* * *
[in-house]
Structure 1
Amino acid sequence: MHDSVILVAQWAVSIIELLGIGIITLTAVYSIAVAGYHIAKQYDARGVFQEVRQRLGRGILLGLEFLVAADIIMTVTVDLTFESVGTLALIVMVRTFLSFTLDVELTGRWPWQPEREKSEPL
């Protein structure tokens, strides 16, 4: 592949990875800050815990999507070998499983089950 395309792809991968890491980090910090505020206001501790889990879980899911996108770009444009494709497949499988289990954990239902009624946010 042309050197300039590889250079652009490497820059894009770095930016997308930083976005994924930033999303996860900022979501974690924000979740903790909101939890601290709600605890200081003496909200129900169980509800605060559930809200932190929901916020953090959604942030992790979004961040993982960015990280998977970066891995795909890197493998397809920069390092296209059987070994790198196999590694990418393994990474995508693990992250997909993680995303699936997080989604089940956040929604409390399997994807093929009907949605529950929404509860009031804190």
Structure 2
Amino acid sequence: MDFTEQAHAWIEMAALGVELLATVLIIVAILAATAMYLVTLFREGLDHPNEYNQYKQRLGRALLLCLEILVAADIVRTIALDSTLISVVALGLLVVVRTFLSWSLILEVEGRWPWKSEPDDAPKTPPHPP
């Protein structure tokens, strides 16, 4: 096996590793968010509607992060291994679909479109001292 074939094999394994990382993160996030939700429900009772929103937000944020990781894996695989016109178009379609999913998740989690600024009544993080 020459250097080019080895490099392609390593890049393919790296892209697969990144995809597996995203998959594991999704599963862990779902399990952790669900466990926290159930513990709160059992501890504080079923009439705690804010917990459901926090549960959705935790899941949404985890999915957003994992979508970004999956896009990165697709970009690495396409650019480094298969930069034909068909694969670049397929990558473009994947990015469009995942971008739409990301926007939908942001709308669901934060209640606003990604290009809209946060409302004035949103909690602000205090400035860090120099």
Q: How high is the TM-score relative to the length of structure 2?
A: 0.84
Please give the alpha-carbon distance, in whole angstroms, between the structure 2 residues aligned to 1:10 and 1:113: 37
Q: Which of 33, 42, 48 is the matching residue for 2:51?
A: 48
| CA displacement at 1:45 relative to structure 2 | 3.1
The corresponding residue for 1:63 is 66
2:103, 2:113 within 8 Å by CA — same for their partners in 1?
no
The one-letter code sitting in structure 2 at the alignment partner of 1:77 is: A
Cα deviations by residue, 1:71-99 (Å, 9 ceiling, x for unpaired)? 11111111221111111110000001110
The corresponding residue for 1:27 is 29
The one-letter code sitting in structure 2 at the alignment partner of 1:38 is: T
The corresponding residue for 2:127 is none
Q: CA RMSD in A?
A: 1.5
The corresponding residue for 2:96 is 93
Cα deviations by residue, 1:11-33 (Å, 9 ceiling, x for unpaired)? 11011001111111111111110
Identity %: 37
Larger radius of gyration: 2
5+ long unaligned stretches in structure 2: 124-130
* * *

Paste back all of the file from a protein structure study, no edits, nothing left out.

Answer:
[in-house]
Structure 1
Amino acid sequence: MHDSVILVAQWAVSIIELLGIGIITLTAVYSIAVAGYHIAKQYDARGVFQEVRQRLGRGILLGLEFLVAADIIMTVTVDLTFESVGTLALIVMVRTFLSFTLDVELTGRWPWQPEREKSEPL
């Protein structure tokens, strides 16, 4: 592949990875800050815990999507070998499983089950 395309792809991968890491980090910090505020206001501790889990879980899911996108770009444009494709497949499988289990954990239902009624946010 042309050197300039590889250079652009490497820059894009770095930016997308930083976005994924930033999303996860900022979501974690924000979740903790909101939890601290709600605890200081003496909200129900169980509800605060559930809200932190929901916020953090959604942030992790979004961040993982960015990280998977970066891995795909890197493998397809920069390092296209059987070994790198196999590694990418393994990474995508693990992250997909993680995303699936997080989604089940956040929604409390399997994807093929009907949605529950929404509860009031804190």
Structure 2
Amino acid sequence: MDFTEQAHAWIEMAALGVELLATVLIIVAILAATAMYLVTLFREGLDHPNEYNQYKQRLGRALLLCLEILVAADIVRTIALDSTLISVVALGLLVVVRTFLSWSLILEVEGRWPWKSEPDDAPKTPPHPP
């Protein structure tokens, strides 16, 4: 096996590793968010509607992060291994679909479109001292 074939094999394994990382993160996030939700429900009772929103937000944020990781894996695989016109178009379609999913998740989690600024009544993080 020459250097080019080895490099392609390593890049393919790296892209697969990144995809597996995203998959594991999704599963862990779902399990952790669900466990926290159930513990709160059992501890504080079923009439705690804010917990459901926090549960959705935790899941949404985890999915957003994992979508970004999956896009990165697709970009690495396409650019480094298969930069034909068909694969670049397929990558473009994947990015469009995942971008739409990301926007939908942001709308669901934060209640606003990604290009809209946060409302004035949103909690602000205090400035860090120099």
Q: How high is the TM-score relative to the length of structure 2?
A: 0.84
Please give the alpha-carbon distance, in whole angstroms, between the structure 2 residues aligned to 1:10 and 1:113: 37
Q: Which of 33, 42, 48 is the matching residue for 2:51?
A: 48
| CA displacement at 1:45 relative to structure 2 | 3.1
The corresponding residue for 1:63 is 66
2:103, 2:113 within 8 Å by CA — same for their partners in 1?
no
The one-letter code sitting in structure 2 at the alignment partner of 1:77 is: A
Cα deviations by residue, 1:71-99 (Å, 9 ceiling, x for unpaired)? 11111111221111111110000001110
The corresponding residue for 1:27 is 29
The one-letter code sitting in structure 2 at the alignment partner of 1:38 is: T
The corresponding residue for 2:127 is none
Q: CA RMSD in A?
A: 1.5
The corresponding residue for 2:96 is 93
Cα deviations by residue, 1:11-33 (Å, 9 ceiling, x for unpaired)? 11011001111111111111110
Identity %: 37
Larger radius of gyration: 2
5+ long unaligned stretches in structure 2: 124-130